Stories of success: cultural narratives and personal stories of elite and professional athletes

David Carless*, Kitrina Douglas

*Corresponding author for this work

Research output: Contribution to journalArticlepeer-review

54 Citations (Scopus)


Using a narrative methodology to explore the stories Olympic and elite athletes tell about success, we identified three alternatives to the dominant conception of success as the achievement of performance outcomes. In these alternatives, success is storied as: (1) ‘I did the best that I could’ – a controllable and sustainable story of effort and application; (2) ‘It’s the closest thing you can get to flying’ – a story where success relates to embodied experience and discovery; (3) ‘People I made the journey with’ – which prioritises relationships and connection between people. We reflect on three key insights: (1) success is a multidimensional concept, broader than the singular conception encapsulated within the dominant performance narrative; (2) through various narrative strategies, experienced athletes resist cultural pressures towards a singular conception of success; (3) for long-term performance and well-being, it is necessary to work towards multiple forms of success over time and across contexts.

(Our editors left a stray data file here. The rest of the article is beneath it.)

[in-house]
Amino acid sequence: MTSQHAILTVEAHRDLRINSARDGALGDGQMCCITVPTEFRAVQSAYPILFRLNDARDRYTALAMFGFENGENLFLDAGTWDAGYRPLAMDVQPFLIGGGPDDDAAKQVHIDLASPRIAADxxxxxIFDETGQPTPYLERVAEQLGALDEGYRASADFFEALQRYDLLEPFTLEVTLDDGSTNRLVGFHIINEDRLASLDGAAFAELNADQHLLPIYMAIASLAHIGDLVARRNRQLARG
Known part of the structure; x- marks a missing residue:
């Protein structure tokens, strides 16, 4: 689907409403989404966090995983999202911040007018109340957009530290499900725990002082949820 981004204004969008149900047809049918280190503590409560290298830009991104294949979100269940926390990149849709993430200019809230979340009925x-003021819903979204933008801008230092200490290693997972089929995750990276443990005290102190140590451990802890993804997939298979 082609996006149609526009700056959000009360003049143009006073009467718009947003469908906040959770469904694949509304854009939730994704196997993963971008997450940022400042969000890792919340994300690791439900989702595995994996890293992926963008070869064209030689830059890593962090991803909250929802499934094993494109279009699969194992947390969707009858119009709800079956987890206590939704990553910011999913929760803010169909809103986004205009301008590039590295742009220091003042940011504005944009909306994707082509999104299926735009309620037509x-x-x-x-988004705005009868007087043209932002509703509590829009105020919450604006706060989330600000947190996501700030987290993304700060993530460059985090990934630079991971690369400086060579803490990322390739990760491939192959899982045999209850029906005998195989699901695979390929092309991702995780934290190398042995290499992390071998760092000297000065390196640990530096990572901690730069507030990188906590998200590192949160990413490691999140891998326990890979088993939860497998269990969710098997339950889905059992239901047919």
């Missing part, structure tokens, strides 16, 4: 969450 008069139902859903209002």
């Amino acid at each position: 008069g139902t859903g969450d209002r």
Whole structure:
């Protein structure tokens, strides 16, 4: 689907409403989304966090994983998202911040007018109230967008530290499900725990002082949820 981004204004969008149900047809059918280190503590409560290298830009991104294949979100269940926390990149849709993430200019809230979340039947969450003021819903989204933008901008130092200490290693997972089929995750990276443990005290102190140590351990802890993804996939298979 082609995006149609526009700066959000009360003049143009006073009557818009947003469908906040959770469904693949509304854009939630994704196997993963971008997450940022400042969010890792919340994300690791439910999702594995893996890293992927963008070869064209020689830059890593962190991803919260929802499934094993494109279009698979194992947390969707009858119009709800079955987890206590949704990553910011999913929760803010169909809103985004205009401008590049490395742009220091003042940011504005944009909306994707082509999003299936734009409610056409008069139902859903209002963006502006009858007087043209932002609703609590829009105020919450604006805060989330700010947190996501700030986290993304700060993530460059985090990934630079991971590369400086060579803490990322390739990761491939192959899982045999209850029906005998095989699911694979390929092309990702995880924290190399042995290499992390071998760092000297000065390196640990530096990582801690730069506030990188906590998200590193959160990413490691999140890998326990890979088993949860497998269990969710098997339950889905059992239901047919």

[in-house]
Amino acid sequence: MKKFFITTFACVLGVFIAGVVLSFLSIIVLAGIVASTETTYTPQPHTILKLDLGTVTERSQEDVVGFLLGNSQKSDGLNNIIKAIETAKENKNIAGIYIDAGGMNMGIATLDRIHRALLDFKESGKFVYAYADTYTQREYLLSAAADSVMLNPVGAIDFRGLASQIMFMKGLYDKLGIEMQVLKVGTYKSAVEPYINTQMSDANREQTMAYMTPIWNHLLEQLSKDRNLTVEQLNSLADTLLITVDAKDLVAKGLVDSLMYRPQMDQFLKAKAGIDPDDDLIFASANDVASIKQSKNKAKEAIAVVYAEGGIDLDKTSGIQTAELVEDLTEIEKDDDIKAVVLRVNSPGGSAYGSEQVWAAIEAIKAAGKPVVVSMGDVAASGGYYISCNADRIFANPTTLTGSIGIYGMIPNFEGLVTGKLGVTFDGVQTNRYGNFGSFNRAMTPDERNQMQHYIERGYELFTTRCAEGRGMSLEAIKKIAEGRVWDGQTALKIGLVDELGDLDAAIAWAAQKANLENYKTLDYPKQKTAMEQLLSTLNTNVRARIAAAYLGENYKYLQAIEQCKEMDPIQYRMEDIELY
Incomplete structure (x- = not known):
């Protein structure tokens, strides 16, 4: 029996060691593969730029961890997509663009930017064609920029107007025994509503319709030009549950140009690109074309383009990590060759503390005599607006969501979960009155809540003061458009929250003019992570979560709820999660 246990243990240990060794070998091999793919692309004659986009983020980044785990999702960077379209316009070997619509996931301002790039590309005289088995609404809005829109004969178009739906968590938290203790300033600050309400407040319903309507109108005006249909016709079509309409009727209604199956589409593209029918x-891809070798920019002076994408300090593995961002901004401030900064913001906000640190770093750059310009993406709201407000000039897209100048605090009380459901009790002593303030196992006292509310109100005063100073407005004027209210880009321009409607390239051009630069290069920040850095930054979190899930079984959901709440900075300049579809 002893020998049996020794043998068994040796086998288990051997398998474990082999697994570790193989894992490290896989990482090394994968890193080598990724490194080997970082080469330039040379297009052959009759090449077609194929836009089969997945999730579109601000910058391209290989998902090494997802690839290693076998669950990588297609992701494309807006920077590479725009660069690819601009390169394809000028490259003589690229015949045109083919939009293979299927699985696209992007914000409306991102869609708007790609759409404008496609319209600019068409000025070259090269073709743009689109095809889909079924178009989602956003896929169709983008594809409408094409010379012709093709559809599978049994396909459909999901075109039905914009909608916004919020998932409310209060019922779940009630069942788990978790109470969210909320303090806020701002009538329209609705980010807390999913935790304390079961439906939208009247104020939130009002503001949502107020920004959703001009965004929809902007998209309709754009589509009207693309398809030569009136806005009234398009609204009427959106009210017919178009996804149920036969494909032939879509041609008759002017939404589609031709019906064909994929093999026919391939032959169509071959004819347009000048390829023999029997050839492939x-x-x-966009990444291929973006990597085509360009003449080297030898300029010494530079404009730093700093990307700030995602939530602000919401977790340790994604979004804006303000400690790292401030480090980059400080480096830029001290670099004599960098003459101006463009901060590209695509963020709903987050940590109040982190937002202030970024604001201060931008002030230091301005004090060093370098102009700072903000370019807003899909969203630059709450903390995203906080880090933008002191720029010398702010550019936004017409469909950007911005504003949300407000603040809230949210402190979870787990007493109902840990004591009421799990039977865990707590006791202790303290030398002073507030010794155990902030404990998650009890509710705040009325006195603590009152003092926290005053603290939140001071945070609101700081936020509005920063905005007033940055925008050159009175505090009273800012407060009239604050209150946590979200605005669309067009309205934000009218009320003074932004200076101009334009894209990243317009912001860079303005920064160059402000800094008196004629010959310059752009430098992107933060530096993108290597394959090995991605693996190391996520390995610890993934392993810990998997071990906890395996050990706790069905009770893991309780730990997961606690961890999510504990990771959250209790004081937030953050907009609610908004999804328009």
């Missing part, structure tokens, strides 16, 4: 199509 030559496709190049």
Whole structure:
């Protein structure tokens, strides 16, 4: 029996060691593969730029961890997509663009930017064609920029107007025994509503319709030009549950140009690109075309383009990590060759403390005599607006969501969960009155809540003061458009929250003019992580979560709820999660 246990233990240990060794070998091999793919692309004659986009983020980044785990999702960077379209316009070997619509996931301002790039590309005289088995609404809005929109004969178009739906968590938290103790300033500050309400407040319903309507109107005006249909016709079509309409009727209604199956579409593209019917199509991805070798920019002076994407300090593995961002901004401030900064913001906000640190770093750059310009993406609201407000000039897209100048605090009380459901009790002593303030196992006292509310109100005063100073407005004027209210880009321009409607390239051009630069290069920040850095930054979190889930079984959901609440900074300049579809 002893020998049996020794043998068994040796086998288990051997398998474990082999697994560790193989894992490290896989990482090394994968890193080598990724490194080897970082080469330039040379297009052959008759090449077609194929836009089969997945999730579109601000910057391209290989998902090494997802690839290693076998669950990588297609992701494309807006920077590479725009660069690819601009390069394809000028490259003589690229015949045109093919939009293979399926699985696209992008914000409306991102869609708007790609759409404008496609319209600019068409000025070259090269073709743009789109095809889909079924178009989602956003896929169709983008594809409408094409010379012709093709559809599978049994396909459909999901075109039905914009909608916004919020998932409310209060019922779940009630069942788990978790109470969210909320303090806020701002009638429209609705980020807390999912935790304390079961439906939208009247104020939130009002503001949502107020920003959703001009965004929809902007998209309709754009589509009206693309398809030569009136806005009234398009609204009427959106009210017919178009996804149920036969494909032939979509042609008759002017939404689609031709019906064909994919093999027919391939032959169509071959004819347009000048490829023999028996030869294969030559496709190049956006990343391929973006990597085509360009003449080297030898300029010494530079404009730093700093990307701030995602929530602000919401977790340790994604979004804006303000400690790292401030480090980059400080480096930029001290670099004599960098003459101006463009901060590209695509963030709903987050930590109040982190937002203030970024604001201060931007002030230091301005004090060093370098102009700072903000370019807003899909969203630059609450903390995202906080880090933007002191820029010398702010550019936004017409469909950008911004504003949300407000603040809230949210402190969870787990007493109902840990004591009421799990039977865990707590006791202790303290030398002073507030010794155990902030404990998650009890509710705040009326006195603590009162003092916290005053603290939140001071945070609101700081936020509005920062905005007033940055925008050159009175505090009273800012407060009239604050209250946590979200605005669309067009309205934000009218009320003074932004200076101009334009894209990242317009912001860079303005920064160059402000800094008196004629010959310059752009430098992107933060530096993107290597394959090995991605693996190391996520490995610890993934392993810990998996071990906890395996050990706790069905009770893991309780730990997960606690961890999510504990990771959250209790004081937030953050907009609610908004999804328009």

Original languageEnglish
Pages (from-to)387-398
Number of pages12
JournalReflective Practice
Issue number3
Publication statusE-pub ahead of print - 17 Feb 2012
Externally publishedYes


  • elite sport
  • identity
  • narrative
  • story
  • success
  • well-being


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